The problem there is that, unlike MLB, the two big hotel chains aren't (quite) (yet) a monopolistic cartel; good employees' options aren't "work for us or don't work in this industry." Refusing to pay good people what they're worth is a good way to leave yourself vulnerable to smaller competitors who might sweep up the best people.
   31. McCoy Posted: January 23, 2018 at 10:12 AM (#5611595)
Can I just become a plumber? An electrician? A doctor? Can I just go to Med school or law school? Can I just perform heart surgery? Can I just build a house for you? Can I open a firefighting business? Can I simply turn my house into a bar?
   32. McCoy Posted: January 23, 2018 at 10:18 AM (#5611599)
Re 30. Sure but unfortunately smaller companies pay worse and have less jobs. Not to mention that in most places it is only the two biggest companies that have multiple options available. I worked for a third hotel company that had about 70 hotels so they only had 1 hotel in my city and through their decisions I ended being at the highest level for my department which was as a #2 in most other hotels. If I wanted to get paid more I would have had to wait for an opening in one of the 69 other hotels, been willing to move, and beat out anyone else interested in the job. Not surprisingly they had a talent problem. They had very few managers that could take the next step to assistant director and director level.
   33. Misirlou doesn't live in the restaurant Posted: January 23, 2018 at 10:44 AM (#5611623)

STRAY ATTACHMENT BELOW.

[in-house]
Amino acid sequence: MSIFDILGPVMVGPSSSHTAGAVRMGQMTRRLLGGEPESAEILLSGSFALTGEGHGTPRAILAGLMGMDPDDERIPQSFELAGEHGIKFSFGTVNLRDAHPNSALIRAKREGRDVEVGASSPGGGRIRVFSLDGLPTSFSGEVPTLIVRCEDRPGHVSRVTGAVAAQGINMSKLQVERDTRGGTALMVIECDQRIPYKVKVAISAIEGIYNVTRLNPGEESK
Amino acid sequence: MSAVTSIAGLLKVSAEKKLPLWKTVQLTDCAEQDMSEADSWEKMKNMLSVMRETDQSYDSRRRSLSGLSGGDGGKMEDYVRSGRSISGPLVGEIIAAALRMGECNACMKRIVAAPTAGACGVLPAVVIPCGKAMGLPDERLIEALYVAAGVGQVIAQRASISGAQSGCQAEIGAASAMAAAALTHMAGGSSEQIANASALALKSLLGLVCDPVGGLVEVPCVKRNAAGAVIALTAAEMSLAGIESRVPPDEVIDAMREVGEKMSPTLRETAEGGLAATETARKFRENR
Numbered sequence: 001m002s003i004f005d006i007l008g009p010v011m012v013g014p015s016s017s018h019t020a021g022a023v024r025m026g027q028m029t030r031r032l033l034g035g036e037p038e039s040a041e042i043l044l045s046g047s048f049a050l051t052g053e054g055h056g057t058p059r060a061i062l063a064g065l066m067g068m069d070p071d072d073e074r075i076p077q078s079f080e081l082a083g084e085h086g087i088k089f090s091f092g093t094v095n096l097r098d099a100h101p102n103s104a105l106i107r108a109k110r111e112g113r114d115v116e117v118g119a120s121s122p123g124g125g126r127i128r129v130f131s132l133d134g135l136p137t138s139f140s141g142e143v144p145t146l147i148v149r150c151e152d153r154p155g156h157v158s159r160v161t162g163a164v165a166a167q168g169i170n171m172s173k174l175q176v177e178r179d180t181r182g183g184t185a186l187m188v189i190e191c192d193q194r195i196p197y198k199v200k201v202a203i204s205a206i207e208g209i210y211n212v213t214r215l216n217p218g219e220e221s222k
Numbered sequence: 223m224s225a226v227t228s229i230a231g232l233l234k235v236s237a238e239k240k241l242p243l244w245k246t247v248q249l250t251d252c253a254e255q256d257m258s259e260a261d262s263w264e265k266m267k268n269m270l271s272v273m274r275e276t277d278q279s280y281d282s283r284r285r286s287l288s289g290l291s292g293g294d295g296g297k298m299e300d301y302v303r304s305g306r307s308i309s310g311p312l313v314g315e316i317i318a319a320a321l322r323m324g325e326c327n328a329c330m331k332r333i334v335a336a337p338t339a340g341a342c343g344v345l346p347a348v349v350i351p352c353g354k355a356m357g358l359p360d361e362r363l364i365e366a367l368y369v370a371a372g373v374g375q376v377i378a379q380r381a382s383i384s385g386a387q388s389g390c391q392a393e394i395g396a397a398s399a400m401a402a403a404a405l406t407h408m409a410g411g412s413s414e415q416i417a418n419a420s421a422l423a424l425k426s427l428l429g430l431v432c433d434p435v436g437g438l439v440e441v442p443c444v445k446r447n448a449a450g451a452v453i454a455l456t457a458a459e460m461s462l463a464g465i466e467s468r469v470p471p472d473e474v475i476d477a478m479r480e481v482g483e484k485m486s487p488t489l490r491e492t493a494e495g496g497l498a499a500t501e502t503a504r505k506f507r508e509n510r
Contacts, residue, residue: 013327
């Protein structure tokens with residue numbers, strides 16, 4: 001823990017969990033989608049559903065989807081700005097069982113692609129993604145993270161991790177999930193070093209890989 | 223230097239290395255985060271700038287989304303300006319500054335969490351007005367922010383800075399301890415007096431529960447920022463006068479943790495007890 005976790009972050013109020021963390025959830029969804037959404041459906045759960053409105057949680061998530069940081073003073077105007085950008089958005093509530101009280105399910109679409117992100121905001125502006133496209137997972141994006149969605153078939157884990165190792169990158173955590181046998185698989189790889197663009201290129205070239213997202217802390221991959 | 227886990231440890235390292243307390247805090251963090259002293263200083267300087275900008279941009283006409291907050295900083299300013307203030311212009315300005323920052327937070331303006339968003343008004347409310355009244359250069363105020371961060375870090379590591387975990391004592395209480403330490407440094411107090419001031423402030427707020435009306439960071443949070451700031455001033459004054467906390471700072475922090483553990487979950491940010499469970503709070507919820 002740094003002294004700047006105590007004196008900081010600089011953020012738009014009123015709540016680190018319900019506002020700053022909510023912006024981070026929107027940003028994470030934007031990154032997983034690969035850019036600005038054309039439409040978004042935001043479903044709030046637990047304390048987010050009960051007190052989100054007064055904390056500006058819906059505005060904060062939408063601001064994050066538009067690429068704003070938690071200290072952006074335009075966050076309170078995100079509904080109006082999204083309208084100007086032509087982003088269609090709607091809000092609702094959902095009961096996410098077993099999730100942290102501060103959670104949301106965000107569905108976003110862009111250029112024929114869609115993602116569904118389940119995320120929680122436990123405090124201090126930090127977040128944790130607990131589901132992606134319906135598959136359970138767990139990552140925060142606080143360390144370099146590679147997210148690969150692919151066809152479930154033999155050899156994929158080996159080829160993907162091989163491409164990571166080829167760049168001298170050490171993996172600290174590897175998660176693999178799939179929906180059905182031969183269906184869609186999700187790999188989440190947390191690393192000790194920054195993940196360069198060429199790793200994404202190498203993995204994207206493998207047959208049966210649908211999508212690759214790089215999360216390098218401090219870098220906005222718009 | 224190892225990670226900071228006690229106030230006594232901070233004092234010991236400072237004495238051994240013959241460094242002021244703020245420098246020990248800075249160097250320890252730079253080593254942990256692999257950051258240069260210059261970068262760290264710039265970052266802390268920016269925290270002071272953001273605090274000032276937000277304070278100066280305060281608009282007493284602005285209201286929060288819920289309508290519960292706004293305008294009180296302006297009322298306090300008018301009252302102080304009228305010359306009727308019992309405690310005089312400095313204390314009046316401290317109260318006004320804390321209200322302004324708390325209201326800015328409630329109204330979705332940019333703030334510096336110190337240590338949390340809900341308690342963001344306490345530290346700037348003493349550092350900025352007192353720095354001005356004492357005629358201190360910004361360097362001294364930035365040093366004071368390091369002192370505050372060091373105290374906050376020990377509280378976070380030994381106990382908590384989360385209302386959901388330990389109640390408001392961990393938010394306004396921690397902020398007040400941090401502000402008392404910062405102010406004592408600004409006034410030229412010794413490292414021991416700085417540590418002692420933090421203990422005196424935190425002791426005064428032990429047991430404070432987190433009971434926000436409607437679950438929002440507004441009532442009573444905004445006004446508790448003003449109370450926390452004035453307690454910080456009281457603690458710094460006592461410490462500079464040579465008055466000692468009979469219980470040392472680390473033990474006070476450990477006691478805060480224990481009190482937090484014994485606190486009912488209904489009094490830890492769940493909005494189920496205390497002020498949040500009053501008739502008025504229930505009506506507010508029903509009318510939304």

There's always a high school or small college that will hire them to coach. Etc.


Not sure what it's like everywhere, but in Florida, a head coach has to be a full time employee of the school or school district. Which means he has to have other skills than just being really good at baseball. In my county, the head coach's stipend is ~ $3,000. So even if the requirement to be employed by the school district is waived, $3,000 to be a HS baseball coach. It's not a job, it's a hobby.
   34. Misirlou doesn't live in the restaurant Posted: January 23, 2018 at 10:46 AM (#5611625)
The idea that some 19 year old 22nd round draft should be well compensated and setup for a successful life simply because he hit .330 in high school is absurd.


Maybe it's just me, but it seems like there is something in between being set for life and making below minimum wage for doing an important (from the MLB standpoint) job.
   35. Misirlou doesn't live in the restaurant Posted: January 23, 2018 at 10:47 AM (#5611626)
What do you mean that isn't much? That's well over $1M worth of benefits.


What is the NPV of a lifetime $34,000 pension that kicks in in 35 years?
   36. McCoy Posted: January 23, 2018 at 10:55 AM (#5611634)
If it was important they would get paid more. Being filler in the low minors is not an important job, especially when there is thousands of people willing to take that spot at the price the team is offering.
   37. McCoy Posted: January 23, 2018 at 10:56 AM (#5611636)
I think you also have to factor in the health care and possibly tuition along with the NPV of the pension.
   38. snapper (history's 42nd greatest monster) Posted: January 23, 2018 at 10:56 AM (#5611637)
What is the NPV of a lifetime $34,000 pension that kicks in in 35 years?

Well, it won't be $34,000 in 35 years, it will go up.

But, it's the health benefits that are huge. Individual coverage can easily run $15,000 per year.

Maybe it's just me, but it seems like there is something in between being set for life and making below minimum wage for doing an important (from the MLB standpoint) job.

But the thing is, 70% of minor elaguers aren't important for MLB. The non-prospects are totally fungible.